Is the story about 'breaking the seal' true?

I've been told by my friends that if you are drinking alcohol, you must try and stop yourself going to the toilet early in the night for as long as you can as you will 'break the seal'. Is that true? Once I've gone to the toilet during the night is that it – won’t I be able to stop?

Over the years I’ve heard a number of different definitions of 'breaking the seal'. For both young men and women (although it is far more likely to be a female who asks this question), it is usually the belief that you 'break the seal' when you first urinate after you have been drinking alcohol, this will cause you to subsequently have to go to the toilet every ten or fifteen minutes thereafter. There is also the belief amongst a core group of high-risk drinking young men that it has to do with vomiting during a drinking game or serious drinking session. Once again, the idea behind the phrase is that once you've started you will be unable to stop. This is a particularly frightening concept!

Due to the dehydrating effects of alcohol, it doesn't take too long after having your first drink for the night that you find yourself busting to go to the toilet. It's almost like the alcohol is 'pushing' fluid out of you! As much as this situation can be highly annoying (most people who are drinking alcohol are doing so in a social situation and the last thing they want to do is to go to the toilet every 5 minutes!), you need to understand that when your body tells you to urinate, it is usually doing it for a reason. Trying to stop yourself is not only foolish, it could be dangerous.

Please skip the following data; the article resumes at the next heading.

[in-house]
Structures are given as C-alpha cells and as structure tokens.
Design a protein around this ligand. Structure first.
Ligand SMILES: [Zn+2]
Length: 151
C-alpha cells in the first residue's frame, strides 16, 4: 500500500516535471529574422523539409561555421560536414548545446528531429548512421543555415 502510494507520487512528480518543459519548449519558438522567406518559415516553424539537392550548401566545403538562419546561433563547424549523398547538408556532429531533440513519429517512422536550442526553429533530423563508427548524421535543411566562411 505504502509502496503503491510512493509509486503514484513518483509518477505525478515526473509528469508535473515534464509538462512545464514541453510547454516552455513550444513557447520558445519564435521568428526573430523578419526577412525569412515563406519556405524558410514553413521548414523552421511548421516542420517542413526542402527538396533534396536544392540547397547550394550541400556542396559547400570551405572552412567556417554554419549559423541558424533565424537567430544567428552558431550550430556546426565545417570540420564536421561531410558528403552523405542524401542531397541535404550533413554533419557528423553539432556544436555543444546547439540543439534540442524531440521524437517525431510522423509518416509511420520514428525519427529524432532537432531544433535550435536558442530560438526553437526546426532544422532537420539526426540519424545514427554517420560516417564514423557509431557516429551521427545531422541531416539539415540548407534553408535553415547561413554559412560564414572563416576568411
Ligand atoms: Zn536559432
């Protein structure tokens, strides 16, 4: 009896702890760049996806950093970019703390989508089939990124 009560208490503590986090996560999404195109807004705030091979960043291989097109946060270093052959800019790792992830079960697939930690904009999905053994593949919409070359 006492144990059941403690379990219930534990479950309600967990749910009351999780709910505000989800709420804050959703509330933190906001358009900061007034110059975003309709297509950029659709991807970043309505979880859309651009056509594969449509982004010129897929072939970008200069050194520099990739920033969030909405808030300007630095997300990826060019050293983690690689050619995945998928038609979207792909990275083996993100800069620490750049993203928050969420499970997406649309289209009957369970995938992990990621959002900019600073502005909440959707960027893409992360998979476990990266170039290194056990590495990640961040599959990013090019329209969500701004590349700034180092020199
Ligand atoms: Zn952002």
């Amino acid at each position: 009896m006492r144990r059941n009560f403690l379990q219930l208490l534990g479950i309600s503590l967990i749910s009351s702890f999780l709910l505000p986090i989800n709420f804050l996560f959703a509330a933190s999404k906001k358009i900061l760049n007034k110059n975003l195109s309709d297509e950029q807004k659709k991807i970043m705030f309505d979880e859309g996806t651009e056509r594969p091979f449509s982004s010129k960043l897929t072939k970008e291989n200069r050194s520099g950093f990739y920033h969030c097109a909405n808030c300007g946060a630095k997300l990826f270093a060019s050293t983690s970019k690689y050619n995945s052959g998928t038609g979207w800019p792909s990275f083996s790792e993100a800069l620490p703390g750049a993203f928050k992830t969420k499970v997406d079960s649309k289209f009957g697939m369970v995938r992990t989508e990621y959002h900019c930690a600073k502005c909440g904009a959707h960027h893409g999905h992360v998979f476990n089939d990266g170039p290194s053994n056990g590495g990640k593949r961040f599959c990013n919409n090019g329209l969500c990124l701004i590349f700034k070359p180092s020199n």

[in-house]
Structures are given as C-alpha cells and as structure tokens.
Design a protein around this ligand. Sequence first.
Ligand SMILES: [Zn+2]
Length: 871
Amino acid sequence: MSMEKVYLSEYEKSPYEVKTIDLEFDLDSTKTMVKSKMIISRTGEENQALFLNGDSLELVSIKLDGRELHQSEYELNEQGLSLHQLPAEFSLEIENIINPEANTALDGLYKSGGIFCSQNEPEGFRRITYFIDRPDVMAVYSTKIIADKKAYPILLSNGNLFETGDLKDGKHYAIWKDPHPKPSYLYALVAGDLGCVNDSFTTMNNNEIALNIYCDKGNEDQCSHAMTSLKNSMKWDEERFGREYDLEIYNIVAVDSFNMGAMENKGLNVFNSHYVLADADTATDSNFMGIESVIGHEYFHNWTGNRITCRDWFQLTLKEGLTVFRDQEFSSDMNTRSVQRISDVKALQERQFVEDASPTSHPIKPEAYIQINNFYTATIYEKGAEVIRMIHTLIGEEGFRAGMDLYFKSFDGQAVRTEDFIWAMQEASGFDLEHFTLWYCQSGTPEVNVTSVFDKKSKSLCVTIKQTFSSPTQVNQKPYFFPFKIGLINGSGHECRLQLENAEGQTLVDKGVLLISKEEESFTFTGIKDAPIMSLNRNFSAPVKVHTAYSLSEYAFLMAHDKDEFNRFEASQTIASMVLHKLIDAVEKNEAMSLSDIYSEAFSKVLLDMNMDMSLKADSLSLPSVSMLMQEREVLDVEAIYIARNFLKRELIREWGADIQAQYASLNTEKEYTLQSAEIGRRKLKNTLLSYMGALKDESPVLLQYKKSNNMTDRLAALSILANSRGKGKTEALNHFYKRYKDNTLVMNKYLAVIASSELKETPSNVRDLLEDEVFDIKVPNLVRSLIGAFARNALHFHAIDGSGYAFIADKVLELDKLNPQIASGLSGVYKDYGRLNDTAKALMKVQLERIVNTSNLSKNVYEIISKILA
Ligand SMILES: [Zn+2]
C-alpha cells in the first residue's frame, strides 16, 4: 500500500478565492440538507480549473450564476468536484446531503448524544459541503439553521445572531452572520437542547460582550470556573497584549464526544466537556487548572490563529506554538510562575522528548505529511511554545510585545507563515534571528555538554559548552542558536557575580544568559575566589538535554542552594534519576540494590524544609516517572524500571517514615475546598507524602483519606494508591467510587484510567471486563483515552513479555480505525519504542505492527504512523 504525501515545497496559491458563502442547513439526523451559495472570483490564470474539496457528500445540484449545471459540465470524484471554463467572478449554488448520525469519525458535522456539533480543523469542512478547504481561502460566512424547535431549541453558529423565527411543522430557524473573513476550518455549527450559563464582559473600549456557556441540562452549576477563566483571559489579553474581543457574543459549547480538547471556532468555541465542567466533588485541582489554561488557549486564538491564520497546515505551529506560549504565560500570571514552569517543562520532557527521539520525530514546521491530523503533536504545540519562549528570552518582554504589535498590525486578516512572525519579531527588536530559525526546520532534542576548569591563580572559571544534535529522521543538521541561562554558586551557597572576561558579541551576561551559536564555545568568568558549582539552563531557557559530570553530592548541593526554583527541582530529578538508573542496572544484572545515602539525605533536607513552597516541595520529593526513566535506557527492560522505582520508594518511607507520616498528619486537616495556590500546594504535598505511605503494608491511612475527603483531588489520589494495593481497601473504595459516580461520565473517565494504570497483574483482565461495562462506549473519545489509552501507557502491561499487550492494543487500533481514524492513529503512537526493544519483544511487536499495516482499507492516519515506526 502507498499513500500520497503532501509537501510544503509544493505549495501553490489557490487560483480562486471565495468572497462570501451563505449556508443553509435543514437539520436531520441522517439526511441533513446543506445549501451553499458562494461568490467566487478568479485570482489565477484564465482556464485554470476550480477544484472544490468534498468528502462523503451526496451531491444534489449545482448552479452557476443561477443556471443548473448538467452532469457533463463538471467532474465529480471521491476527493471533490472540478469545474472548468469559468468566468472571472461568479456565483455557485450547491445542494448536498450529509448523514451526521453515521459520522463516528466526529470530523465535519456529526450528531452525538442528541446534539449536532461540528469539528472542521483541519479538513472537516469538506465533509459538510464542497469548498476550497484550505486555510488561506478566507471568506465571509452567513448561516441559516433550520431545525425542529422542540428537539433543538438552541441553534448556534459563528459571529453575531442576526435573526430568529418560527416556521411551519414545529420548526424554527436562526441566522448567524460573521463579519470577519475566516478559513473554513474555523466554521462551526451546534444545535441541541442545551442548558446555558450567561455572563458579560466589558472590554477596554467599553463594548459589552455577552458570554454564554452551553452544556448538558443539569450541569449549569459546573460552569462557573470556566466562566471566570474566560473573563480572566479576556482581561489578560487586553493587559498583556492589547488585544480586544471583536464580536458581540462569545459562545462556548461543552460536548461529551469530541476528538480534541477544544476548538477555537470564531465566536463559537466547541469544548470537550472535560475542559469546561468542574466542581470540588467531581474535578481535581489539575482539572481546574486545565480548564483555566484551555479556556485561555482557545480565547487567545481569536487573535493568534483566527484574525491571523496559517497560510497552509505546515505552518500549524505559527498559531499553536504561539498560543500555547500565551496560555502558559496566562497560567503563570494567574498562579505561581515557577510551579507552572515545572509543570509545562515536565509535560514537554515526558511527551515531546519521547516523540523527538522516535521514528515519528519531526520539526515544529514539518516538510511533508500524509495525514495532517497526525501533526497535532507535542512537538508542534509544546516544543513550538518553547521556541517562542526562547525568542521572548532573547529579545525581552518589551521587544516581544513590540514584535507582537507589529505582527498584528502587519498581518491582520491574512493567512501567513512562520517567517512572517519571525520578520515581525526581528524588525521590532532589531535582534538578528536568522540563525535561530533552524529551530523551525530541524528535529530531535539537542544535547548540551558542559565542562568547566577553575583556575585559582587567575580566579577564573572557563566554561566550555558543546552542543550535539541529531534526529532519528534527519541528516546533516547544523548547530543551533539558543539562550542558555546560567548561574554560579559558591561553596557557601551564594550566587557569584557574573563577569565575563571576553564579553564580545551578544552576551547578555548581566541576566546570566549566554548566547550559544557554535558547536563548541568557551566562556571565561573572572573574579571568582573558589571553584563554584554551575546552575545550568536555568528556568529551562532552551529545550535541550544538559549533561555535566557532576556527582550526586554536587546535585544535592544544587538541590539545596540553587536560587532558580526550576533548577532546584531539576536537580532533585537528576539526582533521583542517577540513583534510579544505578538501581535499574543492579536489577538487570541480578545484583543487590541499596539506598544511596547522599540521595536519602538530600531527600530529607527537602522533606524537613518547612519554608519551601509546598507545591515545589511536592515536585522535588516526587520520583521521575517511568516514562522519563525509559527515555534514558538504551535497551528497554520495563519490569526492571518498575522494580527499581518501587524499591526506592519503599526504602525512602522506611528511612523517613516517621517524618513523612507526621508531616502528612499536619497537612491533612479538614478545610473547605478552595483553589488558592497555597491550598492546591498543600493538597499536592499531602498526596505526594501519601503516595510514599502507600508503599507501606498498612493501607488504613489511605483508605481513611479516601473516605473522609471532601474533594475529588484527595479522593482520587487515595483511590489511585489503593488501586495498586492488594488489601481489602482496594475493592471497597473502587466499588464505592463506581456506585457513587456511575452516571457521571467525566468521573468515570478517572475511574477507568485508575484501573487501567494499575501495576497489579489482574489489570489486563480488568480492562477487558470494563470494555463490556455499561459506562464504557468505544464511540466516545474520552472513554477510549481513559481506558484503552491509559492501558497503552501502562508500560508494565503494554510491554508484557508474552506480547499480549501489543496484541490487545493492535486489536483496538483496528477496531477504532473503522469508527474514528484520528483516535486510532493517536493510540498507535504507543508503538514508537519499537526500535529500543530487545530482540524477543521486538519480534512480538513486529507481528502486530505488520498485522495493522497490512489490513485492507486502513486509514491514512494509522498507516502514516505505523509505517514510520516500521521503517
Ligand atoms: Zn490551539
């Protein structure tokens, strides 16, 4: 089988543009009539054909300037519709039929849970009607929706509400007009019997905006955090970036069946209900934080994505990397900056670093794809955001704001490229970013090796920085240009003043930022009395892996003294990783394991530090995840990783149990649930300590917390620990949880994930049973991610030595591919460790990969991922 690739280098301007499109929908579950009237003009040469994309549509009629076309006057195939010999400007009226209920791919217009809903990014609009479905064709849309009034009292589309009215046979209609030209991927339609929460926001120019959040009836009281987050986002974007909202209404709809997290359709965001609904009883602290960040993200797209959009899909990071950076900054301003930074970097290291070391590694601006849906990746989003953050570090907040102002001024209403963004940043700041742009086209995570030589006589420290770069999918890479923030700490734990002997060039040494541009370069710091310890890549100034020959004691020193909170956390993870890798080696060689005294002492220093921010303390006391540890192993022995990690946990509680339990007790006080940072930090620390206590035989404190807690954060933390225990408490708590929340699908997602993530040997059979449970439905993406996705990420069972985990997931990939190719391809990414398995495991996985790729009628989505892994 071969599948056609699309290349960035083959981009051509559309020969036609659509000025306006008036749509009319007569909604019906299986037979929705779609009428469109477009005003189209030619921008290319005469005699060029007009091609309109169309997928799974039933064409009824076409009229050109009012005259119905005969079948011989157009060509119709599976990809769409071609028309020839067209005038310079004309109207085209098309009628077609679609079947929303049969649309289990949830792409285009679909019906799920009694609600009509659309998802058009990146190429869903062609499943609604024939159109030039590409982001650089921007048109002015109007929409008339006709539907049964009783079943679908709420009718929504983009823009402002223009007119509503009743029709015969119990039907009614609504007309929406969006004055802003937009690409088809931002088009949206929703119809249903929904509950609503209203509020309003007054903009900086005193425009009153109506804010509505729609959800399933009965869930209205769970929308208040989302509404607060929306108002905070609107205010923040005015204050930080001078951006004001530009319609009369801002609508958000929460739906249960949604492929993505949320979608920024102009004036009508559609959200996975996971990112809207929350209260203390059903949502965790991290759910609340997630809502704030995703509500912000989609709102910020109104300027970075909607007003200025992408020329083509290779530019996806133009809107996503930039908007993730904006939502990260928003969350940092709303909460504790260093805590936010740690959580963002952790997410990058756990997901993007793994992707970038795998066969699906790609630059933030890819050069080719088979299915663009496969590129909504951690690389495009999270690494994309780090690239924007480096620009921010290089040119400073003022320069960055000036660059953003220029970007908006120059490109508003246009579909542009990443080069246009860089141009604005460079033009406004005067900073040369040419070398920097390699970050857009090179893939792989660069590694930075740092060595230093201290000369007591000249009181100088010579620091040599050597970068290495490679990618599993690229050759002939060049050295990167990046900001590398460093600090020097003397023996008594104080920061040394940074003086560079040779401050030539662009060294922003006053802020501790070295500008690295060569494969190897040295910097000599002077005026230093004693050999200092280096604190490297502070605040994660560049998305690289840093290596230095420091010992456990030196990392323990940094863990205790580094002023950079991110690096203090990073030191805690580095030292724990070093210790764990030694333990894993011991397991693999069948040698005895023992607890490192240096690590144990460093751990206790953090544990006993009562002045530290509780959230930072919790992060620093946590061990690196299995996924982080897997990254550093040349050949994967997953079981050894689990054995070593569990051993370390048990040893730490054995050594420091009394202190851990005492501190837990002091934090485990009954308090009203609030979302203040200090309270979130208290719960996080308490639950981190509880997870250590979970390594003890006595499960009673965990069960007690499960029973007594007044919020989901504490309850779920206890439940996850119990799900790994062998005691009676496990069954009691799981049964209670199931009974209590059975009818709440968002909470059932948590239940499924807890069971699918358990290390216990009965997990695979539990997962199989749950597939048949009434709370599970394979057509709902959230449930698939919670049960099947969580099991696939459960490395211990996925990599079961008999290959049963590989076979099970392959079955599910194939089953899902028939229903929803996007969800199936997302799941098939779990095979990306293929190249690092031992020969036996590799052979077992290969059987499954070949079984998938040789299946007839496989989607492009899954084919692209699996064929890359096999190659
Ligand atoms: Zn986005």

So why are you able to hold the first few drinks with little problem and after that experience so much difficulty? Have you done something to your bladder, have you broken some 'magical' seal?

Quite the contrary. Essentially, it has to do with the rising level of alcohol in your blood stream. After your first couple of drinks your blood alcohol level is still relatively low. However, after that it starts to rise steeply, particularly if you are drinking quickly. Alcohol is a diuretic and affects the hormone that helps your body hold onto water. As a result, the amount of urine you produce increases out of proportion to the amount you drink, and your bladder fills up faster and faster. This is how you get dehydrated despite the fact that you are taking in fluids.

So there is no magical seal (when you think about it, that's a pretty strange concept!). Just because you've been to the toilet once does not cause the subsequent visits. If you're drinking alcohol your body is less able to hold onto water and you produce more urine. Listen to your body and go with it – it's most probably telling you to do something for a good reason.

First published: May 2015